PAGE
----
It’s very easy to get discouraged if you have a slip-up from your healthy eating plan, but there’s no reason that this kind of small deviation should leave you self-criticizing. Things that we tell ourselves can actually end up being more harmful than helpful, so consider eliminating these three phrases from your vocabulary.
Click here to read the full article by Jenn Hand for HuffPost Healthy Living.
When it comes to healthy eating, men and women require much of the same nutrients, but the amounts, timing and nutritional makeup of a meal plan can vary greatly. In order to achieve peak performance, men should try to incorporate a wide range of food into their regular diet. Lean proteins, whole carbohydrates and healthy fats are all needed to work together for the most balanced meal plan. The best way to create a plan is to come up with what works best for your body and your specific goals.
Most people are not aware of what a normal portion size is. Everyone has a different body, and different bodies often require different portions to achieve the correct amounts of food consumed. Instead of using a one-size-fits all guide for determining your portion sizes, you can use different parts of your body to ensure that you get exactly what you need. Some of the best portion size measurements include the following:
Once you know how much you should be eating at each meal, you do not have to worry about measuring. Simply stick to your guidelines and you can feel good about how much you are eating.
In general, men need to consume more calories and nutrients than women on a daily basis. While 2000 calories is the typical guideline for women trying to maintain their weight, men should aim for 2500. While your needs can vary based on your size, age and fitness goals, most men need about 55 grams of protein, 300 grams of carbohydrates and 95 grams of fat each day.
When you eat your meals can be just as important as what you eat. Eating every few hours can help stave off hunger and keep your blood sugar from plummeting throughout the day. With a meal plan in place, you are more likely to stay on track and enjoy better health. Creating a healthy meal plan for men is not as hard as you might think, and it can make all the difference for your health.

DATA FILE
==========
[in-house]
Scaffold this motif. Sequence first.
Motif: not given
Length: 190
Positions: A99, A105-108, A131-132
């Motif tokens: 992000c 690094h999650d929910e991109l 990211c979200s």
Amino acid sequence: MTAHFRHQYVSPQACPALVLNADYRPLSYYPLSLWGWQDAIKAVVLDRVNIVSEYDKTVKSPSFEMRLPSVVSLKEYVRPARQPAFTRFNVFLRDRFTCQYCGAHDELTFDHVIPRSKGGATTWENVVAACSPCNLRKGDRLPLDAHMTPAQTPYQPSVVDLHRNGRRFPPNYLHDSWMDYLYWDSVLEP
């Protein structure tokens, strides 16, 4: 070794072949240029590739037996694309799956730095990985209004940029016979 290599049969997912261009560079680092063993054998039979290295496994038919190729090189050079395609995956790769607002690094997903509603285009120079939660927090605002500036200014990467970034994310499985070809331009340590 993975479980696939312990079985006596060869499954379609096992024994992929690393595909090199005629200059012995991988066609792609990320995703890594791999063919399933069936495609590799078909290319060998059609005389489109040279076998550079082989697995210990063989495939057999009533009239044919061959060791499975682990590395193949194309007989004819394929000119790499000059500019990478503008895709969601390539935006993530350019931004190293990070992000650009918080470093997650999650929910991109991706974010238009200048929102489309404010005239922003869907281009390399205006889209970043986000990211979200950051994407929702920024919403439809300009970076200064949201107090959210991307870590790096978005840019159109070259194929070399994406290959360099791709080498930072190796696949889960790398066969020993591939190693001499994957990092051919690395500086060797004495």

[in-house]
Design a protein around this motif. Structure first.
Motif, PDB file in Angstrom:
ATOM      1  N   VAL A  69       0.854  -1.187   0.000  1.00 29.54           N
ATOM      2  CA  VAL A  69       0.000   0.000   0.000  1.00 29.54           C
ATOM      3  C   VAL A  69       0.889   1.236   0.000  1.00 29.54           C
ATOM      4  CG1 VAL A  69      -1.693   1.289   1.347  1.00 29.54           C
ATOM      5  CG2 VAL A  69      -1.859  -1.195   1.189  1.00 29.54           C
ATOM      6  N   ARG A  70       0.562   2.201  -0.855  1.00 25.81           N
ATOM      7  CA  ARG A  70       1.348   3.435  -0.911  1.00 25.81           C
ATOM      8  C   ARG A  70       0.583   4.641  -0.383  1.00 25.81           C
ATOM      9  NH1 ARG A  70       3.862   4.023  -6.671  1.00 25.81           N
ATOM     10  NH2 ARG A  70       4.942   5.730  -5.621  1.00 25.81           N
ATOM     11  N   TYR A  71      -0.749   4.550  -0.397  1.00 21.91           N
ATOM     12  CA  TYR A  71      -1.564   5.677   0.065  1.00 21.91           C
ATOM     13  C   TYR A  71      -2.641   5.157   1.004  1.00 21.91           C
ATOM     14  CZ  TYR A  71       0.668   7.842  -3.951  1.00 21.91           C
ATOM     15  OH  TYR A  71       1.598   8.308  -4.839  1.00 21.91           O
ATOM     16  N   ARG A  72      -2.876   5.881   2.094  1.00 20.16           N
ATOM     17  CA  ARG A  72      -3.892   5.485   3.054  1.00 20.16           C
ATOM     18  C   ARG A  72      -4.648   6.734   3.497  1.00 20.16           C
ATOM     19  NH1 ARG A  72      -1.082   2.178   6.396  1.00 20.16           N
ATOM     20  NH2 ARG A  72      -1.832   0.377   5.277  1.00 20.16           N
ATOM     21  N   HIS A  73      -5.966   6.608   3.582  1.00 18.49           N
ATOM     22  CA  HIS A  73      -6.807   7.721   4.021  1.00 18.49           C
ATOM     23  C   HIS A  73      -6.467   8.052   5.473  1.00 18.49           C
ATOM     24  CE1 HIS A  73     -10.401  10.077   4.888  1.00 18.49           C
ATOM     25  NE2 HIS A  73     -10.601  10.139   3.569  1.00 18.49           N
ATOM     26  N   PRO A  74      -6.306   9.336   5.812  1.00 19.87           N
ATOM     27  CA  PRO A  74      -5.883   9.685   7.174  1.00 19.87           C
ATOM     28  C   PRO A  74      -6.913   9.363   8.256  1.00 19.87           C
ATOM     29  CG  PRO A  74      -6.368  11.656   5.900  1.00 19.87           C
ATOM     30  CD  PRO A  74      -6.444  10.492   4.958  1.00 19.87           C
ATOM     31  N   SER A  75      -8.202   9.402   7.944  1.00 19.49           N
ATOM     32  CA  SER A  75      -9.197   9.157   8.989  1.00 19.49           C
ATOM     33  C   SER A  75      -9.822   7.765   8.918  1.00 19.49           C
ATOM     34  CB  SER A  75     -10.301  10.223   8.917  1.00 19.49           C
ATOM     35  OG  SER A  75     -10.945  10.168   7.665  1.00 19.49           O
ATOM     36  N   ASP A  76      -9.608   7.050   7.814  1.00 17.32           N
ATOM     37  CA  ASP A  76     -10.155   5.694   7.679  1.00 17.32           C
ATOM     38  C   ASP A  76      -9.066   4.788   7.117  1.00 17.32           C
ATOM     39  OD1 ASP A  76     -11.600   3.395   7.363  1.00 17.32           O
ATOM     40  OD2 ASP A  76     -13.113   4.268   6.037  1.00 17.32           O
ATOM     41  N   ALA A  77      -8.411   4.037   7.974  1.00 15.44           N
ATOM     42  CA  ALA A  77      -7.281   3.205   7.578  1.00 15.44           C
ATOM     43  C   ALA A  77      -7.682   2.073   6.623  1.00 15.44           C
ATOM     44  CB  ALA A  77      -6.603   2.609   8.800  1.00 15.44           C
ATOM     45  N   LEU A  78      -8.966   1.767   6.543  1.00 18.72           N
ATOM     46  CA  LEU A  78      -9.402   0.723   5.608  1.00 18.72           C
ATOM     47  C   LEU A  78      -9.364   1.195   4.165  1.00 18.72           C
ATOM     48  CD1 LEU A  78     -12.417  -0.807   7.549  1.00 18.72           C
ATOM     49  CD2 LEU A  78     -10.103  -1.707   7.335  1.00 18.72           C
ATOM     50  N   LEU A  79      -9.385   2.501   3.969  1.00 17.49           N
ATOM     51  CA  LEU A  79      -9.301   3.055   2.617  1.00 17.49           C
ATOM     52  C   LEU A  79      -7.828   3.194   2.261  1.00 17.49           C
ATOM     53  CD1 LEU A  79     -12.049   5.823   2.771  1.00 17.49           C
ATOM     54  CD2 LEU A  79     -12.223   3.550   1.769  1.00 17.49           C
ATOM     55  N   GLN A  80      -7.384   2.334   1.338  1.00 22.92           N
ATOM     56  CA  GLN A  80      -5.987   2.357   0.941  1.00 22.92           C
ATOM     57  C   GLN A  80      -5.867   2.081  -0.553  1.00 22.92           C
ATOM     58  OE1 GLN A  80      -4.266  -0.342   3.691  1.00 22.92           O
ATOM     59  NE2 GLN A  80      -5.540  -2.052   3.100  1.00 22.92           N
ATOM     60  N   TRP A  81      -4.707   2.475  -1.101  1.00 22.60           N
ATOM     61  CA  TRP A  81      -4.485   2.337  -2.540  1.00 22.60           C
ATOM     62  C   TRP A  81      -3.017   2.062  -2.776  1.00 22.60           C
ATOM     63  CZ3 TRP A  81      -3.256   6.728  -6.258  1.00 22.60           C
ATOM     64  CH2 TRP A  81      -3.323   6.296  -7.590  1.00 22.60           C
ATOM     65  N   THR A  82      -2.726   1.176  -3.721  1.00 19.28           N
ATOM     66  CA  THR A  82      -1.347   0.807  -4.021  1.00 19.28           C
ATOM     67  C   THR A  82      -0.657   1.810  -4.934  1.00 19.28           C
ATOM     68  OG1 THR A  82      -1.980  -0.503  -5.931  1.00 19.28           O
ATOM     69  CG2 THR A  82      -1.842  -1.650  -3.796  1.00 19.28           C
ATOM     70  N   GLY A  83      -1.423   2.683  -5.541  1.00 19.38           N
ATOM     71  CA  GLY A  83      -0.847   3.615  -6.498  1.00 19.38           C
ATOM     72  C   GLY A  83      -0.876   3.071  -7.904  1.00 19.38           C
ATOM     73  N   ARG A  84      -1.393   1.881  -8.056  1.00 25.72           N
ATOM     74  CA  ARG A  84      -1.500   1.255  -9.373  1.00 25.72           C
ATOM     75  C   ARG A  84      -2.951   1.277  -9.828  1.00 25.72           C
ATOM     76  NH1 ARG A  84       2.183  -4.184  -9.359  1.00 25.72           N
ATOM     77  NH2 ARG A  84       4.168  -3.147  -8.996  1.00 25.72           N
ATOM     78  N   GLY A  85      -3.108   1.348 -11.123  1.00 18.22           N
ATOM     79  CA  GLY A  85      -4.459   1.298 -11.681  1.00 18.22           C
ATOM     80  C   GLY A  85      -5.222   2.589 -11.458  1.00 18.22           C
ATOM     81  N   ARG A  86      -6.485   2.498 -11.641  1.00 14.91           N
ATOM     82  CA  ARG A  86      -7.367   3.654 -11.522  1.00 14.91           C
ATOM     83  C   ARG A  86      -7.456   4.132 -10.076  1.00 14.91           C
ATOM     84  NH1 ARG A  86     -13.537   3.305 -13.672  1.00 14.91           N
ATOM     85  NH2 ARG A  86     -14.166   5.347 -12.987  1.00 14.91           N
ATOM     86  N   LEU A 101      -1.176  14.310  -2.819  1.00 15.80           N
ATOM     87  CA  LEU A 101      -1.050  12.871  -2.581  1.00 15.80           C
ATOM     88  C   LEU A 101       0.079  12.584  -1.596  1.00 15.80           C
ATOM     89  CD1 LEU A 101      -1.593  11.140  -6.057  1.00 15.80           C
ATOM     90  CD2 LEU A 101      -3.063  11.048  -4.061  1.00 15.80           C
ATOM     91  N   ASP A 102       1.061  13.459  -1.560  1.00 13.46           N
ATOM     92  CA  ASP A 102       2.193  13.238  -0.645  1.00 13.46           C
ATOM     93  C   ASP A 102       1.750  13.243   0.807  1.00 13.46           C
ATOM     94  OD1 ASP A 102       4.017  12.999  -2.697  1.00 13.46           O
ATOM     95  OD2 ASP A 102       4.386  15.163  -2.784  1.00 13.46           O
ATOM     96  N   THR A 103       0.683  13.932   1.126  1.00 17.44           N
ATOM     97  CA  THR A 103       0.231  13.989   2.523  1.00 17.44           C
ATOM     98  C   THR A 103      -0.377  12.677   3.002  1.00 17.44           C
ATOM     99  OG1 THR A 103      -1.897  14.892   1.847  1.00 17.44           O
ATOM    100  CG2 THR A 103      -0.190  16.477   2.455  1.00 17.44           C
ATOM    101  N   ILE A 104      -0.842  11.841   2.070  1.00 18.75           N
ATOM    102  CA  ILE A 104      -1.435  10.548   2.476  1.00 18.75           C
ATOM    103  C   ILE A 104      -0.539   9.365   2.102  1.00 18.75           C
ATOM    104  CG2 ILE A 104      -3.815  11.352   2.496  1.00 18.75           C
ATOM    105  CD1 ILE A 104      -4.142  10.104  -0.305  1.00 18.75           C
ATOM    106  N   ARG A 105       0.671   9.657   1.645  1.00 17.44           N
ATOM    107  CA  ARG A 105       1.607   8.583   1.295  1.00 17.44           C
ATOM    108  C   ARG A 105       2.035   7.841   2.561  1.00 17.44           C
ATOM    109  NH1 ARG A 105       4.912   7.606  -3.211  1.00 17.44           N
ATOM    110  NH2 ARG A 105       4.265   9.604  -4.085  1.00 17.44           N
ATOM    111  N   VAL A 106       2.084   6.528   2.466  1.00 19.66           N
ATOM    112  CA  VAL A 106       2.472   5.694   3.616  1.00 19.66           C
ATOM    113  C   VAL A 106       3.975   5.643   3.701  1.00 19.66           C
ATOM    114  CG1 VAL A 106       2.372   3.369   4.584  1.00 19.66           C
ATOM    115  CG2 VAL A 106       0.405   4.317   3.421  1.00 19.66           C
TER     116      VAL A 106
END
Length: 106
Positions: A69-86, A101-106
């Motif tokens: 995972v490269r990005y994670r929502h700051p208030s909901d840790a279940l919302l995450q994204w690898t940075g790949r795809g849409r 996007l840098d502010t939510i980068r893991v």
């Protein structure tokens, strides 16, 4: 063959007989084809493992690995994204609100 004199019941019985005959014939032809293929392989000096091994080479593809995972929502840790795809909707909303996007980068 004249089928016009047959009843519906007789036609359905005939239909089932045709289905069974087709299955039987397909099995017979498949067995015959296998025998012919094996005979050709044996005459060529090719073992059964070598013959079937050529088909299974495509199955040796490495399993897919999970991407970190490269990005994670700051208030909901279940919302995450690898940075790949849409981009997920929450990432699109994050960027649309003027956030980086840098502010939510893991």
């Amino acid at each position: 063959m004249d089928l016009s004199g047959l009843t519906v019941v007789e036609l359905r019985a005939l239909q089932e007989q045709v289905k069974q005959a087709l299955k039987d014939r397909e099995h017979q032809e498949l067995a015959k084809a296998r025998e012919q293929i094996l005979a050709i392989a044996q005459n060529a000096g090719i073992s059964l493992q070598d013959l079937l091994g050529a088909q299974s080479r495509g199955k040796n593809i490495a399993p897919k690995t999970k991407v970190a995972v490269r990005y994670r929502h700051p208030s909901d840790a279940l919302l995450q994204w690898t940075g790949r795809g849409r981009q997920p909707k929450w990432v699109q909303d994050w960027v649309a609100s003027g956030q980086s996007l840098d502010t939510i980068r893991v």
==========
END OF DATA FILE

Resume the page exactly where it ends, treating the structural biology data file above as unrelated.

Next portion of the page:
If you want to enjoy your meals and flatten your tummy in the process, then there are a few strategies for achieving that end beyond simply reducing portion sizes. The way you cook your meals play a great deal and can help or hinder your efforts. Following a few cooking modifications can help you shed the pounds without making your meals bland and tasteless.
People are surprised that there is a correlation between sodium and weight gain. According to a study from the University of California San Francisco, those who ate a high sodium diet also gained more weight – about a pound more – over a five day period than those who stuck to a low sodium diet. It is believed that too much sodium leads to the production of insulin, a hormone responsible for converting sugar into fat. In place of salt, opt for alternatives like:
Do not Coat the Pan With Nonstick Spray
Yes, the spray that you use to add a nonstick surface to your pan contains calories. One full spray that covers the entire surface contains about 36 calories and four grams of fat. While that does not seem like a whole lot, it can quickly add up if the spray is used daily.
Do not Dice Veggies and Potatoes Into Extremely Tiny Pieces
It seems strange that the size you cut your vegetables and potatoes into would matter a great deal. However, if you prepare the meal with cooking oil, it is better to cut the vegetables into larger pieces. When vegetables are chopped into thin and small slices, it creates more surface area for the oil to cling onto, which equals more calories from pure fat.
Rinse Your Vegetables Before Cooking
For cleanliness sakes, it is a good habit to wash your vegetables before throwing them into the pot. Not giving them a quick rinse can actually make you gain weight. According to a study published in the International Journal of Obesity, unwashed vegetables may contain pesticide residue, which has been shown to inhibit thyroid function. An improperly working thyroid is associated with a slower metabolism.